But you should read the whole issue. It’s full of astute people making astute points about the often depressing interactions of labor and capital within the cultural sector. There is this insightful piece that argues for the establishment of a union for all the art handlers and gallery receptionists who toil in this city; it goes very well with this photo essay of gallery receptionists at work and this art handling photo essay, hilariously named “How To Travel If You’re A Fetishized Commodity”; it also goes well with the insight, “In the post-BFA landscape, hot women get jobs filing and hot men get jobs lifting”; there’s this piece about the history of political art censorship in America and the recent decision by the new governor of Maine to remove a mural from the state Department of Labor following one anonymous complaint; this wry pastiche of New York real estate sloganeering; there’s this: “Do you feel exploited? Do you feel like the people who work for the man are constantly taking advantage of your je ne sais quoi so that their place looks really fucking cool/political/hip/totally not sexist/racist/classist/homophobic? You know what I mean?”

Oh, do I. And that’s not even the half of it. The whole labor issue is really good. Go ahead, click on over. There’s a reason Dis has long been on the very short list of publications for which I’ll come out of my “retirement.”

The very fabulous Tamu McPherson took my picture for her blog recently — what a sweetheart! This raises an interesting question, however: who’s that woman who matched her red fur vest to her red shirt to her red pants to her red shoes? She looks fun.

Some New Work

Programming note: Should you be looking for a spot of spring reading — perhaps you woke up this fine Sunday morning with urgent, unanswered questions concerning Yohji Yamamoto’s libertine sex life and Diane von Furstenberg’s views on feminism — I have new pieces in the current Bookforum and the March issue of Jalouse (which has just reached New York City). In Bookforum I review Yamamoto’s intriguing, if somewhat maddening, new memoir and Ligaya Salazar’s monograph for Yamamoto’s retrospective at the V&A in London. In Jalouse, I talk to von Furstenberg about her life, business empire, and working relationship with DVF’s new creative director, Yvan Mispelaere. Neither story is available online.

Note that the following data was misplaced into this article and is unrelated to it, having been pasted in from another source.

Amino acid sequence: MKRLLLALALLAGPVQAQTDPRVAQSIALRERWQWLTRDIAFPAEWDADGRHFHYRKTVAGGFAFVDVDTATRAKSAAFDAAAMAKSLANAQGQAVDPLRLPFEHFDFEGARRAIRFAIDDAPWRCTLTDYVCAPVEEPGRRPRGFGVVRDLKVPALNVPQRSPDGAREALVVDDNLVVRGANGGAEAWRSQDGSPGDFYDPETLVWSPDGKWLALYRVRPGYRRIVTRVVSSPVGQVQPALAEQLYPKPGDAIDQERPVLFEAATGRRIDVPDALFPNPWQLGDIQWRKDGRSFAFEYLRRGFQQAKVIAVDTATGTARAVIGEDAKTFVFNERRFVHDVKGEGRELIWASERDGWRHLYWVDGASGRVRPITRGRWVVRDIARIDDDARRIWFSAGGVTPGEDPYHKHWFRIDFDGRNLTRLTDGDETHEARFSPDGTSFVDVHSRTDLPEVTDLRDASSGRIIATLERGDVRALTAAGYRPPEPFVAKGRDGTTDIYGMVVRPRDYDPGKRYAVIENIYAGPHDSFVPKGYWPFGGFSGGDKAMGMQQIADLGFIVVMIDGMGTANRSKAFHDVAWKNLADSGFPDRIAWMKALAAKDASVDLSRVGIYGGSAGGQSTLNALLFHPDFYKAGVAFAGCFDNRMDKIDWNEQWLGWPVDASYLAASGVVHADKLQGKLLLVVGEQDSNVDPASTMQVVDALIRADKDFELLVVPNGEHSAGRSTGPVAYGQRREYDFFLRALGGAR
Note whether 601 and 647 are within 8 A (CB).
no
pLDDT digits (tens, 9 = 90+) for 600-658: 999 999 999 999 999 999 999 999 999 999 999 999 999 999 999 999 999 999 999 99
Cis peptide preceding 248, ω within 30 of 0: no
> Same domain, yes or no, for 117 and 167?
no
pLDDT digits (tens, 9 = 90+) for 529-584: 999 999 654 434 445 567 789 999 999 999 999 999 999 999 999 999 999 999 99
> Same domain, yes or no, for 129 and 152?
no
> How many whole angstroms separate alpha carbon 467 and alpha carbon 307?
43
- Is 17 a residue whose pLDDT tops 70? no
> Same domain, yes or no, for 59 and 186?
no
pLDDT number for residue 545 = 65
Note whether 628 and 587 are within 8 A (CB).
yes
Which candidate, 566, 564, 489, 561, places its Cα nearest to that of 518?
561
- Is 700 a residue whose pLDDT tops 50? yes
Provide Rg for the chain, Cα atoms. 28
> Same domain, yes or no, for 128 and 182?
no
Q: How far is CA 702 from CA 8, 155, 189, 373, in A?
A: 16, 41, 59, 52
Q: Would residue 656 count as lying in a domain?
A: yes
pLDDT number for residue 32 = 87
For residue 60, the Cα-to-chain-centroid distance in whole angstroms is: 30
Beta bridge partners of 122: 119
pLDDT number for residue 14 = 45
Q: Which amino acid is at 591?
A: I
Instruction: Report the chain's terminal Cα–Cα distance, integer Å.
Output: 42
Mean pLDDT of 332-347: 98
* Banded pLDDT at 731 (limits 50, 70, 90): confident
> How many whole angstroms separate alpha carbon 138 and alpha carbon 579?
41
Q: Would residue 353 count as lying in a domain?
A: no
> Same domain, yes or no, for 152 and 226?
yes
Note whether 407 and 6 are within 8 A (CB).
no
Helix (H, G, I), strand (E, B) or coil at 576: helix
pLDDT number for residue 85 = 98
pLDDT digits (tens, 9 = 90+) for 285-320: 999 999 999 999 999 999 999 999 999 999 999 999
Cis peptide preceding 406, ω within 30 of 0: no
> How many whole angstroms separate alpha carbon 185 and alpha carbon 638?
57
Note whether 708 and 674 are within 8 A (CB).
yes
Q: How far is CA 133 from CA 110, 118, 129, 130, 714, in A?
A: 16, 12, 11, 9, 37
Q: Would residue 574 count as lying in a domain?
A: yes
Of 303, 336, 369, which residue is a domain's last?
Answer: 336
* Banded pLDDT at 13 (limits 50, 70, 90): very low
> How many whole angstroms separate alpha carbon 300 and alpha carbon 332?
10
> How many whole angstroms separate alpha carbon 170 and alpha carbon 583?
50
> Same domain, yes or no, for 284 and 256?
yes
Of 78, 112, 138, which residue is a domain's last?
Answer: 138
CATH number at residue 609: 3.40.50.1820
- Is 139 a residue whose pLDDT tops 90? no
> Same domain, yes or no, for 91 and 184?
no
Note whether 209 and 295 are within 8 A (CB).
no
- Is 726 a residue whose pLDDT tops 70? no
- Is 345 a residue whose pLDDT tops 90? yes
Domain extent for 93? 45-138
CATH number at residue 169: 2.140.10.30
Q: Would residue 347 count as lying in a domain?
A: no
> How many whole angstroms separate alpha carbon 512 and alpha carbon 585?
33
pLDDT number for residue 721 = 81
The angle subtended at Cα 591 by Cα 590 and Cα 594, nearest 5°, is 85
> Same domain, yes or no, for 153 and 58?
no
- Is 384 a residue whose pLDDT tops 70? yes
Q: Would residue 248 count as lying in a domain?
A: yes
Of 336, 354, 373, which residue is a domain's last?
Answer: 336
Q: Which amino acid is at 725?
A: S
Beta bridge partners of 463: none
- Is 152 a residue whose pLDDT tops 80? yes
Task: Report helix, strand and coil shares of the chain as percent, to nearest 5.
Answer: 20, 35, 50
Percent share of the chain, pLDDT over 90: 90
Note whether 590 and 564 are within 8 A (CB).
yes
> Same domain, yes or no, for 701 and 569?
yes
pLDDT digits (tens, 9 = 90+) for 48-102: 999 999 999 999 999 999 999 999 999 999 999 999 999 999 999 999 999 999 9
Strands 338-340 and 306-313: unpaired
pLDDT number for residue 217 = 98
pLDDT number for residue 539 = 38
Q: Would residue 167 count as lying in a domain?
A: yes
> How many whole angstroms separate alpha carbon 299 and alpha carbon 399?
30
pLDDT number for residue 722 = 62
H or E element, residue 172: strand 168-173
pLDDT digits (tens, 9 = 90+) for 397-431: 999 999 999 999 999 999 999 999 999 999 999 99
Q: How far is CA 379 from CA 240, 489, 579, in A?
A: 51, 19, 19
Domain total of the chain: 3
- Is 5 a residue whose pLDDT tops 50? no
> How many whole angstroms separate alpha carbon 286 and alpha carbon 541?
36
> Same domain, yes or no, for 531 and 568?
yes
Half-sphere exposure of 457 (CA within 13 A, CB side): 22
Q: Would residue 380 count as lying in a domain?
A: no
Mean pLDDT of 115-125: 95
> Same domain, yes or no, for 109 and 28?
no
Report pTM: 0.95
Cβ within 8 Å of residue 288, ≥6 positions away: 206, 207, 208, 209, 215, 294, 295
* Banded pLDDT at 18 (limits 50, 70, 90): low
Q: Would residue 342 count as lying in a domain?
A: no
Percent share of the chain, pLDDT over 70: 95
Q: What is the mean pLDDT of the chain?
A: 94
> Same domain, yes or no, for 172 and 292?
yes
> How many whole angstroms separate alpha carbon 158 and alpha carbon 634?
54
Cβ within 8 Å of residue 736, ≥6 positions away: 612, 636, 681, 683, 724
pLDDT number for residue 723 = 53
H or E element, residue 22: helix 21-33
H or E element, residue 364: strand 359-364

Who Knew Gwyneth Paltrow Had Strong And Almost Coherent Opinions About Gangster Rap?

Gwyneth Paltrow The kale-eating one tells her friend Sean Carter that she fell for N.W.A. when she was 17: “I was fascinated by lyrics as rhythm and how Dre had a such different cadence and perspective from say, Eazy-E, who I thought was one of the most ironic and brilliant voices hip-hop has ever had.”

Five Easy Pieces

Jenna SauersMy friend Alice Baxley, who blogs at Clouds & Candy, does a feature called The Classic Series where she asks people to break down their style, focusing on five elements with which they build their look. When Alice came to New York City last week, I had her up to Harlem for a cup of tea, and she was kind enough to let me prate on about the clothes and accessories I like — scarves, good flats, pencil skirts, things of that nature — while she took some pictures. Here are the results.